In 2012, while eating at a random Chinese restaurant in Toronto, I ordered a glass of milk with my food. For me, nothing was uncommon about this occurrence. I had been doing it for years. The looks of confusion upon delivering my request were also not uncommon to me. But what was uncommon, was the bubble tea cup the milk was brought out in, complete with those gigantic straws. It was such a unique moment for my milk ordering ways, I decided to take a quick photo of the glass of milk with my iPhone. No biggie. Unbeknownst to me at the time, it would start a tradition of photographing my milk ordered in public and sharing these photos online. I’ve been #MilkingIt for three years now.
But let’s back up a bit. What’s the story of milk? Not the entire story of its history. Just its history with me. Like most, my initial journey was due to being born a mammal, which involved drinking milk to become a healthy toddler. But as I continued to grow, I switched from my species’ milk to another, and never stopped consuming it. I guess most mammals don’t do that, not even the majority of my own species.
For a conservative estimate, I consume about a gallon of milk every 2–3 days. Whole milk. The red label option. For the Canadians out there, that would be the 3.25% variety. Delicious stuff. It never occurred to me that most people taper their milk consumption as they grow older, or that they avoid milk when paired with certain foods. Or that a condition such as lactose intolerance could actually be such a thing. A cruel, cruel thing. I just really enjoyed drinking milk and found it to be the best drink choice with practically any type of food.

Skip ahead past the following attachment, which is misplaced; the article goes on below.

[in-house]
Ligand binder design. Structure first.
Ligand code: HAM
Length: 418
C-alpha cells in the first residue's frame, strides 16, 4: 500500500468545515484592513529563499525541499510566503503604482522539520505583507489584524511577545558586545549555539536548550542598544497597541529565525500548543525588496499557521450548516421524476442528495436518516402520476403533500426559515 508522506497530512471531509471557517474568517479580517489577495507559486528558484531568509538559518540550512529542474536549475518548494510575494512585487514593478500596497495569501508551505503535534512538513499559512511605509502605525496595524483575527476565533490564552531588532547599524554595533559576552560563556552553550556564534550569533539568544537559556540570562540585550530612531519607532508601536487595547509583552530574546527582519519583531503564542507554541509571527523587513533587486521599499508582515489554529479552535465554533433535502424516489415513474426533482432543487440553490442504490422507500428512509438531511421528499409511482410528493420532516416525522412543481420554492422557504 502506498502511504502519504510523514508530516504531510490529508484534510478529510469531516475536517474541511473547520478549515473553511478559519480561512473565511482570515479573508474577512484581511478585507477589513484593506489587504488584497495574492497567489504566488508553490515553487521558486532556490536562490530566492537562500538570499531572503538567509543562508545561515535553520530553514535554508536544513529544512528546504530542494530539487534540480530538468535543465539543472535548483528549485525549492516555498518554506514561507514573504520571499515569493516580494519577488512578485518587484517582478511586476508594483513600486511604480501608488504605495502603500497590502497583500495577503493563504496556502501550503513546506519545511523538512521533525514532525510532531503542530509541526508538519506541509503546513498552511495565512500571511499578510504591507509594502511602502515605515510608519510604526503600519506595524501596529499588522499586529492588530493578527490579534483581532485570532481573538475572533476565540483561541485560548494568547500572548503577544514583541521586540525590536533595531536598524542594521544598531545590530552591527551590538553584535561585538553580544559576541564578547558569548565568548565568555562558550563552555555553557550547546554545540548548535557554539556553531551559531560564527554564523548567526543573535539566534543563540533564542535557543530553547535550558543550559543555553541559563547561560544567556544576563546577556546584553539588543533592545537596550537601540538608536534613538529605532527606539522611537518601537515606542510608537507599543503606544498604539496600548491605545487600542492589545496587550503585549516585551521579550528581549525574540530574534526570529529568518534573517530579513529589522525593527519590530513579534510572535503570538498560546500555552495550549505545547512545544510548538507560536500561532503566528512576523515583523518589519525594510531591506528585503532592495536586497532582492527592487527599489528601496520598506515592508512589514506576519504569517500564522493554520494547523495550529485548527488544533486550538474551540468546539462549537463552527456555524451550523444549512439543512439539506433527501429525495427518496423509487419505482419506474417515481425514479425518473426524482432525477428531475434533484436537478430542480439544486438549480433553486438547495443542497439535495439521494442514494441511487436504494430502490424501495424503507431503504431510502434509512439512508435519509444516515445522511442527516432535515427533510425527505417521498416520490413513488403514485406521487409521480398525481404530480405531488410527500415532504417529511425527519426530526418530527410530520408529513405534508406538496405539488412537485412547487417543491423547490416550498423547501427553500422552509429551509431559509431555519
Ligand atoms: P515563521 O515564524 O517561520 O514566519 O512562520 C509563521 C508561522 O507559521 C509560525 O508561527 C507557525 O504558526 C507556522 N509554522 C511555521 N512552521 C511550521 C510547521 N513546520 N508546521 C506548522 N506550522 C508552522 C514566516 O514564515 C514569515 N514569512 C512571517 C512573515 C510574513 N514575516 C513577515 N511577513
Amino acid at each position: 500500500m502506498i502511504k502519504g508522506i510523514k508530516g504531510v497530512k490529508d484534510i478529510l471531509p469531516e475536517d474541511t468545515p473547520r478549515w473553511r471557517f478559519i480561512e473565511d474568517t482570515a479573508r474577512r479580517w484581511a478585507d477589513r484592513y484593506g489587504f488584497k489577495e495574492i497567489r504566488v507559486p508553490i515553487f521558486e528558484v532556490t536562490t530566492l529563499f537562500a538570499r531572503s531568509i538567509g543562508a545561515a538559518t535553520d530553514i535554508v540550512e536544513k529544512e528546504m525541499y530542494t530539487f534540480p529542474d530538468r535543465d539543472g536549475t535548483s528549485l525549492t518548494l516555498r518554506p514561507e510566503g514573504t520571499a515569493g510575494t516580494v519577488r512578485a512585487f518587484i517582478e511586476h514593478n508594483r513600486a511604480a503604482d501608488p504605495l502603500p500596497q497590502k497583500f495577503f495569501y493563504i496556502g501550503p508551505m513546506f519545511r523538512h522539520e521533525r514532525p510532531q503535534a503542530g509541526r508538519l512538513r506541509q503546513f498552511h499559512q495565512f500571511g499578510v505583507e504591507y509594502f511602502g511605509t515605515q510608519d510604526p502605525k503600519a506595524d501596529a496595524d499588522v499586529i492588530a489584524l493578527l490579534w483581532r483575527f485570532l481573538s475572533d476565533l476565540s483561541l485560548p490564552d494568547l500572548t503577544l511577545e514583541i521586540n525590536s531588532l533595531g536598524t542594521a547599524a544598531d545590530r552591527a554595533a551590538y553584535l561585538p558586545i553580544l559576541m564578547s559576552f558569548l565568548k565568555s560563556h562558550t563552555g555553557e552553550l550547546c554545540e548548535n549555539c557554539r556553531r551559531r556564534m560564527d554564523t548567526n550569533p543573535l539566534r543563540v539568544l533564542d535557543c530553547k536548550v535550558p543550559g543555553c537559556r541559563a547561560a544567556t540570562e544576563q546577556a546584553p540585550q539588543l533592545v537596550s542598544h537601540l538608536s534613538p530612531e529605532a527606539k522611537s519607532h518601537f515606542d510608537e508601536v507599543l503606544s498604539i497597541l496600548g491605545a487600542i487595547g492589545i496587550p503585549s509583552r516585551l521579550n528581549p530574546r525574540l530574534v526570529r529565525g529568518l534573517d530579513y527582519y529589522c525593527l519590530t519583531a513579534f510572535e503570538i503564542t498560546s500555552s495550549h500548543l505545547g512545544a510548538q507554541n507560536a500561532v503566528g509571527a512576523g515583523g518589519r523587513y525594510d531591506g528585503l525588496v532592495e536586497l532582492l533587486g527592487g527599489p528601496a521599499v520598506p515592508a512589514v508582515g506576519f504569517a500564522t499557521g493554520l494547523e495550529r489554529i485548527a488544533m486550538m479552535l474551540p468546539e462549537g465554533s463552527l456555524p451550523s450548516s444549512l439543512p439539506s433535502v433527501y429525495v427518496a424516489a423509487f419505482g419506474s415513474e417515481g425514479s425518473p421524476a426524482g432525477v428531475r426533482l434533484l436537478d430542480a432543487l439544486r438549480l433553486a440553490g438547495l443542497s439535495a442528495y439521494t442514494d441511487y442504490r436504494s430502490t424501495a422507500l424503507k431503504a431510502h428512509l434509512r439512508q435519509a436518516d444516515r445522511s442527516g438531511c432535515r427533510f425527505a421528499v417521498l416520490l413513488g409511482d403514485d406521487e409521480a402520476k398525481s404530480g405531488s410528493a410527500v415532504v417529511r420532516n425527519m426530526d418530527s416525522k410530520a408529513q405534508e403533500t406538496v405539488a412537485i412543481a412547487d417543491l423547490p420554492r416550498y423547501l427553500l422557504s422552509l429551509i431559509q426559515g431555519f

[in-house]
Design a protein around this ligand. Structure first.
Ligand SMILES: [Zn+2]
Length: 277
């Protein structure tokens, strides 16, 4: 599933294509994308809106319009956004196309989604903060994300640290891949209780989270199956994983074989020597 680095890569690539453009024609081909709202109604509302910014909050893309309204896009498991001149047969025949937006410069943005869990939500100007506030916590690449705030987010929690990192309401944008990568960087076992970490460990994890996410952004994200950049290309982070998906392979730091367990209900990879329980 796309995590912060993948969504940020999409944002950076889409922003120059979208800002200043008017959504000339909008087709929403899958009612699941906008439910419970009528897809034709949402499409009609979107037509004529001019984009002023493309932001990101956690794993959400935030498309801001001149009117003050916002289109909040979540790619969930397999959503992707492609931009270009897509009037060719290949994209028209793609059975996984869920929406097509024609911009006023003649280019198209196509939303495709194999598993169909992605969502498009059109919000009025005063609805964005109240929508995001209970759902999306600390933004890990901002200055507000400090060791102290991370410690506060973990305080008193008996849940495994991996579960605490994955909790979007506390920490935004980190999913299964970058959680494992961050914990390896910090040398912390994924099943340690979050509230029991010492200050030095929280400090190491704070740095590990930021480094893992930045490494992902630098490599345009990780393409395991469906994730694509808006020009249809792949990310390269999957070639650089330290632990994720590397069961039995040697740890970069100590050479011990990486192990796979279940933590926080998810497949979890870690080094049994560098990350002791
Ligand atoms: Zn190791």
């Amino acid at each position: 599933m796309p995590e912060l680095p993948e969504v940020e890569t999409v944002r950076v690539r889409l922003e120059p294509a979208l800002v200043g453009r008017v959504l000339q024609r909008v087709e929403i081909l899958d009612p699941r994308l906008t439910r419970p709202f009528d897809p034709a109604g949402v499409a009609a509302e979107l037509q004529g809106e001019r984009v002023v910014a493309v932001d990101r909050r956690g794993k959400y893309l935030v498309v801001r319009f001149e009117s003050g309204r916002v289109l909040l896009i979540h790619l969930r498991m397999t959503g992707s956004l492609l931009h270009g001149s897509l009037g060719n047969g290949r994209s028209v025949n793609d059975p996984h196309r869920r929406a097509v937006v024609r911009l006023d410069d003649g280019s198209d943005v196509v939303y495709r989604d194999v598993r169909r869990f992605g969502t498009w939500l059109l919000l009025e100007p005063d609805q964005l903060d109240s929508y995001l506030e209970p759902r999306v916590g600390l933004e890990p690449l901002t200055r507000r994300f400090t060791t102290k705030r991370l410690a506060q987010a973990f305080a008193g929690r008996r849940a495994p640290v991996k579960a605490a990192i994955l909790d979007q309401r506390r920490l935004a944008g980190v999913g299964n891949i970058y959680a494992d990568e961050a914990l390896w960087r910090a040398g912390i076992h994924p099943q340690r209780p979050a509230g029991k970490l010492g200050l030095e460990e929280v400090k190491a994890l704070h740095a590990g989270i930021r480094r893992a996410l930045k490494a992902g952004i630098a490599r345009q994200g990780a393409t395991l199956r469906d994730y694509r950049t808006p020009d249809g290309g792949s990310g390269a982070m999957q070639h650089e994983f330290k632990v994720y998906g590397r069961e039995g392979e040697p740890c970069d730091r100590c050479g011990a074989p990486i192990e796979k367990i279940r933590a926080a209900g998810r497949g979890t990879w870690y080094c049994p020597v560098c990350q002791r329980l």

As an adult, I’ve found more than a few moments where I have to justify why I continue to drink milk. “Because it’s delicious?” is my standard response. Because it is. Throughout these years, I’ve had co-workers warn me of the dangers of colon cancer, or that I was contributing to future calcium deposits in my body, or that I was wrecking my digestive system. Even in “Snatch,” one of my favorite movies of all time, they dedicated an entire scene of the film to educating the “Turkish” character about his milk consumption throughout the film.